There is a contemporary mode of expressing grief, which I have been struck by for some time. It consists, when a death is announced, of immediately posting, from the vaults of the poorly-named “memory” of the web, phrases, clips and key moments, thereby summarising, in a more or less lightning-like montage (as Pasolini put it) the story of a life. But it seems to me that the novelty of the procedure consists less in establishing an iconographic hagiography of an individual’s life-story (news outlets have long adopted this practice), than in allowing us to relive the impact of the life and work on our own life, and to share a singular, striking fragment from it. It seems to me that this is what this gesture of sharing an archive, an image, a poem, a clip found on the web signifies: “I was touched by the unique grace of the being who just died, and I want you to know the place he occupies in my life,” or “I am among those touched by this being who just died, because his work is part of my memory, and it has shaped my sensibility.” This gesture is also a way of forging a community, of creating links, and it is possibly the technique that our societies have discovered to accelerate the work of mourning, by inscribing it in a circumscribed social ritual which condenses its presence into actuality (in the same way that funerals or days of mourning function as a means for framing pain, but also for fixing limits to this pain). In other words, it is a ritual conceived to allow us to forget and pass rapidly on to something else.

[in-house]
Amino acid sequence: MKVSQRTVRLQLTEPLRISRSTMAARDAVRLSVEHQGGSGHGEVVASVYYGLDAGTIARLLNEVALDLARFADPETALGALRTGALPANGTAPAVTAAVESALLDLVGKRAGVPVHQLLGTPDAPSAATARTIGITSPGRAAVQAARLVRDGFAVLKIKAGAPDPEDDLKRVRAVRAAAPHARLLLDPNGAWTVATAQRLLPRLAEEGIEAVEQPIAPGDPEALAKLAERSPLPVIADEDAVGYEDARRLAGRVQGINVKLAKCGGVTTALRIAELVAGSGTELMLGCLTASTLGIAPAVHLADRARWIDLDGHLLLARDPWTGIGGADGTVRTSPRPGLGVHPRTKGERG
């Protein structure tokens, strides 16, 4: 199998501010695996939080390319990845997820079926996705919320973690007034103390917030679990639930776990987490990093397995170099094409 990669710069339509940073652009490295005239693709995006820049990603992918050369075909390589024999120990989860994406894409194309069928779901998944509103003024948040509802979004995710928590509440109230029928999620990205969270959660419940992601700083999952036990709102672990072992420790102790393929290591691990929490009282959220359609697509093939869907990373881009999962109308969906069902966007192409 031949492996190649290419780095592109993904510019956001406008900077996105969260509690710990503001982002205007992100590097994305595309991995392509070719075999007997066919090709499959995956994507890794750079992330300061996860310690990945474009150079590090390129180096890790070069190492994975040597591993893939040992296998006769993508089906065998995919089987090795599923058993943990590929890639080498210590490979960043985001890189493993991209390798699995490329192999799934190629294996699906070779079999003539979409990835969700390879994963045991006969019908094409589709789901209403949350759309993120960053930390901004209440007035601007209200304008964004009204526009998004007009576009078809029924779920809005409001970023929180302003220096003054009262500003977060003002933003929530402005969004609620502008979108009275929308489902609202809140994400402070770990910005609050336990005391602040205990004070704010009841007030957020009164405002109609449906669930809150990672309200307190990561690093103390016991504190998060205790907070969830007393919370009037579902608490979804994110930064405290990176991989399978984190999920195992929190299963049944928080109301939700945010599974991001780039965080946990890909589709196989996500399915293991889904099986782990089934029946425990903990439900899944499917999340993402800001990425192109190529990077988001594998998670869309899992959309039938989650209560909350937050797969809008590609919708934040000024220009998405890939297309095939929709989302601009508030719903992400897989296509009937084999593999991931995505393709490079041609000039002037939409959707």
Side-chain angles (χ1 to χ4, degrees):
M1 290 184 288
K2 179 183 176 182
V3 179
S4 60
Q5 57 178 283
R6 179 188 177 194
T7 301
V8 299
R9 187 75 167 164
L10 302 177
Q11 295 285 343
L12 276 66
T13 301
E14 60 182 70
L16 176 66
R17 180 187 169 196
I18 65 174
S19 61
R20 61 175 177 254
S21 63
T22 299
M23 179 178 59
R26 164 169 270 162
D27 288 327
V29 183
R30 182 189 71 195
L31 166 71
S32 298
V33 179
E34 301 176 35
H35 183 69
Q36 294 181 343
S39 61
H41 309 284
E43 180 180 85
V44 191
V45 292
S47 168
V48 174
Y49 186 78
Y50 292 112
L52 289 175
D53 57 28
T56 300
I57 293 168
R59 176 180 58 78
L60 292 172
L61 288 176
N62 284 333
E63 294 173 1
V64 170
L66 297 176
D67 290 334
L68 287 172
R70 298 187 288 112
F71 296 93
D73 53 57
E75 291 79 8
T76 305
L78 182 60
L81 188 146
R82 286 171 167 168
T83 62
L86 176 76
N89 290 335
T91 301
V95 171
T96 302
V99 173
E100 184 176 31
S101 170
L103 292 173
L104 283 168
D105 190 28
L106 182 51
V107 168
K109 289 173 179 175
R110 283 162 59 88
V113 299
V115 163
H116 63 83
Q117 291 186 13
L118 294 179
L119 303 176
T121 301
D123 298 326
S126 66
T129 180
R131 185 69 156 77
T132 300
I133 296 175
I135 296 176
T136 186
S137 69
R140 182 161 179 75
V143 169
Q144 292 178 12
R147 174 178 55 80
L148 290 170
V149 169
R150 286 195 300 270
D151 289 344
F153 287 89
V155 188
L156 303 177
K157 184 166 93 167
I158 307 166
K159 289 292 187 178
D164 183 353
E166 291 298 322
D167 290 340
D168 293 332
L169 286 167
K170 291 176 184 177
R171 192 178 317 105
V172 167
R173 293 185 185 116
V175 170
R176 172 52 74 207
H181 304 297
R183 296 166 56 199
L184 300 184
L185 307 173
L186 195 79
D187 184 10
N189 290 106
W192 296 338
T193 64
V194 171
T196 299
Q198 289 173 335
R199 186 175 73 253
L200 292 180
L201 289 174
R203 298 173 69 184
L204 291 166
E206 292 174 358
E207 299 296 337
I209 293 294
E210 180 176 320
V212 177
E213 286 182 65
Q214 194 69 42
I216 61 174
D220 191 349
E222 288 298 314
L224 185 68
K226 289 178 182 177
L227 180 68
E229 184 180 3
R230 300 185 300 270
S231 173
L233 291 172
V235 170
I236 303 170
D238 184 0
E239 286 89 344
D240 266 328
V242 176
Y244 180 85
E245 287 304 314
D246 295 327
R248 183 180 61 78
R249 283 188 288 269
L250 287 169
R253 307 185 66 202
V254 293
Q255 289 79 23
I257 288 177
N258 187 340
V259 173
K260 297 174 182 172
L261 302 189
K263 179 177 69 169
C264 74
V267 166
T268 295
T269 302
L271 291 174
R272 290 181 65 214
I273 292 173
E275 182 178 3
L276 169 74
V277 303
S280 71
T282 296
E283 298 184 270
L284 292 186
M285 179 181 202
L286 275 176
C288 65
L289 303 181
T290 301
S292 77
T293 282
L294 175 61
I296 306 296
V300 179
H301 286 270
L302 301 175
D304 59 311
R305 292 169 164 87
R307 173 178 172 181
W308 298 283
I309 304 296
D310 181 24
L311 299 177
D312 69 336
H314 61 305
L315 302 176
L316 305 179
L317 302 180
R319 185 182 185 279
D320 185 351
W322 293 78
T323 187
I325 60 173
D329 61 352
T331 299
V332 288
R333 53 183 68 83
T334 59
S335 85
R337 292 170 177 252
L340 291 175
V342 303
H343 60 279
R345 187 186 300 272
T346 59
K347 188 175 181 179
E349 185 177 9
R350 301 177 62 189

We know that death affects the archive by inscribing it in another temporality or, better, by revealing its own profound temporality: every archive speaks to us from death, and every new death that touches us is a reminder of this. The same goes for memory. Suddenly, with death, the fragile edifice that was unwittingly constructed within us rises up. On every level, in every room, in every brick, are the decisive moments of our relationship with this curious thing that we call an œuvre. The image of Sabzian, perched on Makhmalbaf’s scooter, holding a bouquet of gerbera daisies, is a metonym sufficient to incarnate the poetic grace of Kiarostami’s cinema. This scene, this particular moment in our cinephilia, is also our point of contact with the film, and awakens the sensory sediment that has accumulated in our memory. As I re-watch these red spots, sprinkled above Sabzian’s beard and his blue jacket, this bouquet suddenly becomes funereal, as if the two emotional men were making their way to Kiarostami’s grave, and it dawns on me that the filmmaker’s work has accompanied my life for twenty years.
At Medium, writer Durga Chew-Bose also memorializes Kiarostami and beautifully describes why his films are so vital and moving:
He was sensitive to light. A condition that required Abbas Kiarostami to wear his signature tinted glasses, which gave the impression he was always at the movies — in the dark, both storyteller and audience, watching life as if it were being projected inside his lenses.
He was sensitive to light, too, in his work. Those searching, pared down, coaxed-by-the-car conversations, and those patient reveals — if you can even call them that — are at the heart of Kiarostami’s most moving works. He was sensitive to light not as it improves on or clarifies truth, but how without it, there are no shadows: the unseen, what’s off-screen, what’s usually overlooked or what barely happens. Those revelations that can only occur when we’re no longer seeking what’s distinct but instead feel extra prone to life as it’s wonderfully, uneventfully, happening.
That was Kiarostami’s — not gift — but eloquence. How the prosaic, when given time to breathe instead of rushed into action — like chatter between two characters, for instance — can disclose life’s most electric pursuit: connection.